Sunday, March 2, 2014

Short and Sweet: Don't Seem... BE!

The word "seem" can be very useful when you want to distinguish between appearances and reality. Often, however, the word "seem" just weakens the sentence, as if the writer is not really sure what to say. Especially if you are writing fiction, you are the omniscient creator, and your readers are depending on you to know what is really happening — not just what seems to be happening.

So, check for any usage of the word "seem" in your writing and make sure you really need it. You might also check for the word "appear" too! Here are some examples to look at; you can see that without "seem" the sentences are stronger, and it reduces the word count by about 20% as well.

BEFORE: After a while, he seemed to calm down. (8 words)
AFTER: After a while, he calmed down. (6 words)

BEFORE: It seemed that later that night, the monster returned. (9 words)
AFTER: Later that night, the monster returned.  (6 words)

BEFORE: The four elves seemed to cower under the table. (9 words)
AFTER: The four elves cowered under the table.  (7 words)

BEFORE: The nice pigeons seemed to help Cinderella finish the housework. (10 words)
AFTER: The nice pigeons helped Cinderella finish the housework. (8 words)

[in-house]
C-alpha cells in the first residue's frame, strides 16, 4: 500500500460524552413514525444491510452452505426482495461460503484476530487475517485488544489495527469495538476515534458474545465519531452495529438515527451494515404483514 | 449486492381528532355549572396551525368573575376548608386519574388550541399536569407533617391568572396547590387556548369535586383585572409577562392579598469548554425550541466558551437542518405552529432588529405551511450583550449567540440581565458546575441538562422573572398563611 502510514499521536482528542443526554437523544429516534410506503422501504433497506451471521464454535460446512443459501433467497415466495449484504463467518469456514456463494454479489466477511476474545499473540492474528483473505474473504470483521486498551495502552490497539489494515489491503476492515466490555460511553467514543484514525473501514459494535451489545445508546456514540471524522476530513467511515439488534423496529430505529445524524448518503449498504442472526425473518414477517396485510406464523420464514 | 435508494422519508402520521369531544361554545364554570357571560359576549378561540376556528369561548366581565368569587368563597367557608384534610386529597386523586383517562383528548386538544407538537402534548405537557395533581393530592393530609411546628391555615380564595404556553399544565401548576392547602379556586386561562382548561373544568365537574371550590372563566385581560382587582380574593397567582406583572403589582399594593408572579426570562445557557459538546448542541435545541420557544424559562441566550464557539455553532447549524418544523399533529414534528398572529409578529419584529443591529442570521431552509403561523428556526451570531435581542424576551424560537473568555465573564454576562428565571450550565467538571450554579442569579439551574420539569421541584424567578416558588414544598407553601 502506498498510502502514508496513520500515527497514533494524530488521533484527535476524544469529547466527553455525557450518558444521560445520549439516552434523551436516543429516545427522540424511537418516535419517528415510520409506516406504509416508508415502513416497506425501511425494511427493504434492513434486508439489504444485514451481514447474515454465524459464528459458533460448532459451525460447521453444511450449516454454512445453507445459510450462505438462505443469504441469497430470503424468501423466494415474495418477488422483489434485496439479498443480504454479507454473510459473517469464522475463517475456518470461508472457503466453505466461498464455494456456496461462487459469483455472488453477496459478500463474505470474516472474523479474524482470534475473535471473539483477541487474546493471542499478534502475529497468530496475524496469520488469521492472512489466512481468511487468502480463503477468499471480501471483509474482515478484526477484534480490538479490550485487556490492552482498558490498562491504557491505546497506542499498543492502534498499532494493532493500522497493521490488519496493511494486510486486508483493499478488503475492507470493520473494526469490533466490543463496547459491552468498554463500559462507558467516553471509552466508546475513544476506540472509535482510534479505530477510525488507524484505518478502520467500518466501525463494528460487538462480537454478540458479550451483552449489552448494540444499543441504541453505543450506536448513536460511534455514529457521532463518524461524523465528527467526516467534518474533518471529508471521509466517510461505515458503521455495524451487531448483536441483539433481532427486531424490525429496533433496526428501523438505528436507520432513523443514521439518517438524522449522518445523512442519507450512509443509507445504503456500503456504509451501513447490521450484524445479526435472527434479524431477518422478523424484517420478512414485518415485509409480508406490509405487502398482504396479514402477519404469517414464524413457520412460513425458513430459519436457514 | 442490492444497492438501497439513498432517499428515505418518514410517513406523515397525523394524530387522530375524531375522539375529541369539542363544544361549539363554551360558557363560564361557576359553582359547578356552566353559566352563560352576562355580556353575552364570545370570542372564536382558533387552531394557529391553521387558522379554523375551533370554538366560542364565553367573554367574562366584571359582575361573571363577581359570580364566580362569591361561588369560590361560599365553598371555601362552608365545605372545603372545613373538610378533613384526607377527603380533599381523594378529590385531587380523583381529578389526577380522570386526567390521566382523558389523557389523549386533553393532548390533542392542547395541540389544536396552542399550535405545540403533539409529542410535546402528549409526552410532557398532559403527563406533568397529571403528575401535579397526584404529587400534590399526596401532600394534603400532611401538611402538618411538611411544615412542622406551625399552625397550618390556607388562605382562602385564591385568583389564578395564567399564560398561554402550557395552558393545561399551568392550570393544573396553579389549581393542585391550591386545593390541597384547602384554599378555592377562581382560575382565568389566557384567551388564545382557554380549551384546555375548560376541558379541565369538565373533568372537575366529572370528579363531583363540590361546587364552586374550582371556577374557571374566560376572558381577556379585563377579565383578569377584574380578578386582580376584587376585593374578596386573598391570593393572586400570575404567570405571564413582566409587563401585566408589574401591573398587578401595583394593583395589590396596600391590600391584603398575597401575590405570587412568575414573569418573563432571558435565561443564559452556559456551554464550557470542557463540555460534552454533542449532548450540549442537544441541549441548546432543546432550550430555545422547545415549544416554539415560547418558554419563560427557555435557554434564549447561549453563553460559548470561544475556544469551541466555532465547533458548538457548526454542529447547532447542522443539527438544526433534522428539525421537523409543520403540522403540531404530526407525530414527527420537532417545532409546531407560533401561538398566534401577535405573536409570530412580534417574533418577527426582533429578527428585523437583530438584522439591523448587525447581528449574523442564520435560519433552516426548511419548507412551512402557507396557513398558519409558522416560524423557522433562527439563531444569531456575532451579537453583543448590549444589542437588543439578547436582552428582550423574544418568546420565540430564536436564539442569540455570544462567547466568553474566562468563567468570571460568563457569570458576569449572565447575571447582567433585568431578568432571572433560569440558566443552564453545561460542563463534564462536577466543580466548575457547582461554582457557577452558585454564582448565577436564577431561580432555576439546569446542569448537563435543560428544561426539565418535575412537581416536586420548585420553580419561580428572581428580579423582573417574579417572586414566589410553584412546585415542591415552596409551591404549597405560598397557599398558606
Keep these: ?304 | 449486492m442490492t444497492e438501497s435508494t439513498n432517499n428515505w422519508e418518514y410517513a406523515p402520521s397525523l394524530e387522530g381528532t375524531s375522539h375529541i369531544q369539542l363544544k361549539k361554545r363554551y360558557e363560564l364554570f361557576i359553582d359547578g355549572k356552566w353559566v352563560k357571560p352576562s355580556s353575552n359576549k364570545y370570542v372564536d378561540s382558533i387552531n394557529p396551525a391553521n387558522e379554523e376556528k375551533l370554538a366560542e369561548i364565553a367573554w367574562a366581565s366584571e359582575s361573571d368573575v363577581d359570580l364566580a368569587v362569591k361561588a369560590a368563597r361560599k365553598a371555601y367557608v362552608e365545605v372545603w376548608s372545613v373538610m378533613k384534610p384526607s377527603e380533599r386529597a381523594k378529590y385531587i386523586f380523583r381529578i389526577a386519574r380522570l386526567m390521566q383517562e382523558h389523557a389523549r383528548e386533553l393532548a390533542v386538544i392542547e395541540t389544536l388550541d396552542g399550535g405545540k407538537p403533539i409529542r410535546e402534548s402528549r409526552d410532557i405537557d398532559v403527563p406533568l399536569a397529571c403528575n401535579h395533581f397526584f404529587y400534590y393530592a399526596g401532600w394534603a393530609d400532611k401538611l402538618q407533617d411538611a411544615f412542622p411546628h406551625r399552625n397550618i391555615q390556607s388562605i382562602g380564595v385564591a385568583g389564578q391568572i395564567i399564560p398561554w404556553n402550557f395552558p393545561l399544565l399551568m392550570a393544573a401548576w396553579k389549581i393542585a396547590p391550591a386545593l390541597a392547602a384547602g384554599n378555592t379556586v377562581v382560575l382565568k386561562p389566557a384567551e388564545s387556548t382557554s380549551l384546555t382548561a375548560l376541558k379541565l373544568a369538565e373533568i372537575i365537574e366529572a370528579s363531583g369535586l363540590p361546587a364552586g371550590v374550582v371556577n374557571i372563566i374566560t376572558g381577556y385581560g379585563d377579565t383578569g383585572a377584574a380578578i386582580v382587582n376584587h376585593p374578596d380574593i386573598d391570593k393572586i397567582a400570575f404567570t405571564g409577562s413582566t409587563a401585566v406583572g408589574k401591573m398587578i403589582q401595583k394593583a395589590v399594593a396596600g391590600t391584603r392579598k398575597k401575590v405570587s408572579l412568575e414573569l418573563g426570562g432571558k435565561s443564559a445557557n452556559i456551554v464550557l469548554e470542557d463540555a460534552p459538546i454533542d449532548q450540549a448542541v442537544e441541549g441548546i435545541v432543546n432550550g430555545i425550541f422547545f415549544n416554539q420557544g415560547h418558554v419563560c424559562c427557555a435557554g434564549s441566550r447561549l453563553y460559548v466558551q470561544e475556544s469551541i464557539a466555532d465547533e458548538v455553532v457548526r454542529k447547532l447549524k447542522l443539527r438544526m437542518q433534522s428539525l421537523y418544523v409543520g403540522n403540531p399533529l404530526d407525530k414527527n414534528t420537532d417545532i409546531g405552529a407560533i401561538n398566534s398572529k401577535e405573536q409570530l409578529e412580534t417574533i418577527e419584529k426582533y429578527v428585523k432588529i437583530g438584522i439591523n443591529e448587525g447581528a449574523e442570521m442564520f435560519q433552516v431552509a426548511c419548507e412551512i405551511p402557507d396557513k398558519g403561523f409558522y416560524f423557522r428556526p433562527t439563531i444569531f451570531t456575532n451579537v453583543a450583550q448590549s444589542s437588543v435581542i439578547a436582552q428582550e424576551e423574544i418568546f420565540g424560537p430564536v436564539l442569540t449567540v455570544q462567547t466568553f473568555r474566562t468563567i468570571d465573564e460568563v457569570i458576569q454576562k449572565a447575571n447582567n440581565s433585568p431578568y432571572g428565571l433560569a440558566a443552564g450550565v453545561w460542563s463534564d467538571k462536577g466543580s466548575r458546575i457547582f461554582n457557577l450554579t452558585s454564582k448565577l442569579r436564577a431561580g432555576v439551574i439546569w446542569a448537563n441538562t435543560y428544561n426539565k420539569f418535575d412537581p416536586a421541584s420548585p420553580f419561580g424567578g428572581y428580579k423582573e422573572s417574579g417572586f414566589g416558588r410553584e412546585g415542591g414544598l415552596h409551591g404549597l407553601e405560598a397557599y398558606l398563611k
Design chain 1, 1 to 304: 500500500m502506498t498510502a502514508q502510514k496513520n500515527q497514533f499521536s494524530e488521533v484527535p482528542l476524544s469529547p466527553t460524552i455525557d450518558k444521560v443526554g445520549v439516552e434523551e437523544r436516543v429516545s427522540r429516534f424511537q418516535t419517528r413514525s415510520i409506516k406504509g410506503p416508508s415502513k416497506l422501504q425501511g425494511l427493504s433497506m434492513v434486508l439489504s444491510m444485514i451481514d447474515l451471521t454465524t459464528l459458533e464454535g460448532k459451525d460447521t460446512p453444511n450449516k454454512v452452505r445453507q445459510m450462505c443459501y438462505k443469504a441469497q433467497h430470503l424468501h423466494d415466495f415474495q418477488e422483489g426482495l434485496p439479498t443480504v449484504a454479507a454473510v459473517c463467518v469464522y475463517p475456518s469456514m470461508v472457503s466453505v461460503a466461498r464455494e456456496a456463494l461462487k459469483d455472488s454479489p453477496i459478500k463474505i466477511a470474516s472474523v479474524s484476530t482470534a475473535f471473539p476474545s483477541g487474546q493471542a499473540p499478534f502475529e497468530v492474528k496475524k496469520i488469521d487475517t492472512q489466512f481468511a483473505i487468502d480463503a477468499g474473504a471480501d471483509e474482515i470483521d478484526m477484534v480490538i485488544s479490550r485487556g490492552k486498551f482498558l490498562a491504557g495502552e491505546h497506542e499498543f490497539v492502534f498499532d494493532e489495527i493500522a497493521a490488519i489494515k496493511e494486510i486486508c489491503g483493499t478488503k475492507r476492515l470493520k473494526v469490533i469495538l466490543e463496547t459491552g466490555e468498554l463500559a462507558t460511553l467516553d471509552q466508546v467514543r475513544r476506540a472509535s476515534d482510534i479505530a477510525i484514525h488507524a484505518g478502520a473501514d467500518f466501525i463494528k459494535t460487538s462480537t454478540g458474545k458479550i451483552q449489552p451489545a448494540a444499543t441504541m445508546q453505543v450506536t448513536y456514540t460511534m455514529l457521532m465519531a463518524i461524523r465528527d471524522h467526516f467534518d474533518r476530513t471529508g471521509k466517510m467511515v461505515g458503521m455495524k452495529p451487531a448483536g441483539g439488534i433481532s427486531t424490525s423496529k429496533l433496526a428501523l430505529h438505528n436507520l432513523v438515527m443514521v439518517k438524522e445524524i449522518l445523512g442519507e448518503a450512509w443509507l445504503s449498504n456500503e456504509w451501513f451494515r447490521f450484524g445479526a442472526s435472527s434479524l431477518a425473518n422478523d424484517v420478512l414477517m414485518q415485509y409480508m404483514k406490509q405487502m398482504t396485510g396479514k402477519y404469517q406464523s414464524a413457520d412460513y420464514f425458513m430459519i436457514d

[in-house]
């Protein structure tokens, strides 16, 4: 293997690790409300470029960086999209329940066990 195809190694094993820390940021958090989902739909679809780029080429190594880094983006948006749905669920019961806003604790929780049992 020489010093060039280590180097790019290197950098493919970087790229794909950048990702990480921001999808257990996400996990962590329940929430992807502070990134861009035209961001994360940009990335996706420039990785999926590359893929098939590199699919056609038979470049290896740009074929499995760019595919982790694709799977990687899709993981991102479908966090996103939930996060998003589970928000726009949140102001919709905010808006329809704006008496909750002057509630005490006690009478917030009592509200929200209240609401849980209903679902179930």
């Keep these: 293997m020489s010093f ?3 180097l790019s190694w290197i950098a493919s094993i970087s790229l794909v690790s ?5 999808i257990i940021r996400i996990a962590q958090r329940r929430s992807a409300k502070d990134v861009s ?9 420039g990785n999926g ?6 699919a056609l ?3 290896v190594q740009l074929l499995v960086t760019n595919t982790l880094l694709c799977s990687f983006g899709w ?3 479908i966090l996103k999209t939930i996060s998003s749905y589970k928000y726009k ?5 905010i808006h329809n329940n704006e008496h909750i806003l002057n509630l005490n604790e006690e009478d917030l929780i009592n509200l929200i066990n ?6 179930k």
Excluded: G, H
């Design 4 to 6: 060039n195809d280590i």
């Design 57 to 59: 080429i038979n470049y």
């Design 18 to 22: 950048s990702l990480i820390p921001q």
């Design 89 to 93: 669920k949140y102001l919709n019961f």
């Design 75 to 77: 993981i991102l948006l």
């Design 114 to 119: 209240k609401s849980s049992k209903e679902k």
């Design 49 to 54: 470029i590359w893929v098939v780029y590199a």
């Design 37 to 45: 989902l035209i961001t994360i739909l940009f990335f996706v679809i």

BEFORE: The deepness of his voice seemed to resonate with prophecy. (10 words)
AFTER: The deepness of his voice resonated with prophecy. (8 words)

BEFORE: He seemed to be trying to intimidate me with his gaze. (11 words)
AFTER: He was trying to intimidate me with his gaze. (9 words)

BEFORE: The warriors were very skilled and seemed to move about like shadows. (12 words)
AFTER: The warriors were very skilled and moved about like shadows. (10 words)

BEFORE: Jacob seemed to shiver from excitement, while Wilhelm continued to look skeptical. (12 words)
AFTER: Jacob shivered from excitement, while Wilhelm continued to look skeptical. (10 words)

BEFORE: The crowded room seemed to fall silent when the singer began his song. (13 words)
AFTER: The crowded room fell silent when the singer began his song.  (11 words)

BEFORE: Ravana seemed to be attacking Rama with every possible supernatural weapon, using all twenty arms. (15 words)
AFTER: Ravana attacked Rama with every possible supernatural weapon, using all twenty arms. (12 words)


For more strategies to use in reducing your word count while improving your writing, see this list: Short and Sweet Writing Strategies.








2 comments:

  1. Funny. I just pointed out something along these lines to someone. They had written "Through the window, he saw the figure of Satia walking across the field." (Obviously, this is not verbatim.) I told her to delete "the figure of" because he saw the person, not a figure of the person. Unless we're talking weeping angels moving and then, c'mon, they don't move when you're looking at them. :P

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  2. Yes, exactly... there are so many ways in which that kind of wordy vagueness can suck the life out of a sentence! What's been hard about writing up these blog posts has been trying to find generalizable ideas that can be applied as a kind of litmus test sentence by sentence. I want to write up something on "don't hedge your bets" (qualifying something with "somewhat" or "a type of" etc. - and this "the figure of" is a related phenomenon I think... avoiding the thing itself as if you were on safer ground by not being direct!).

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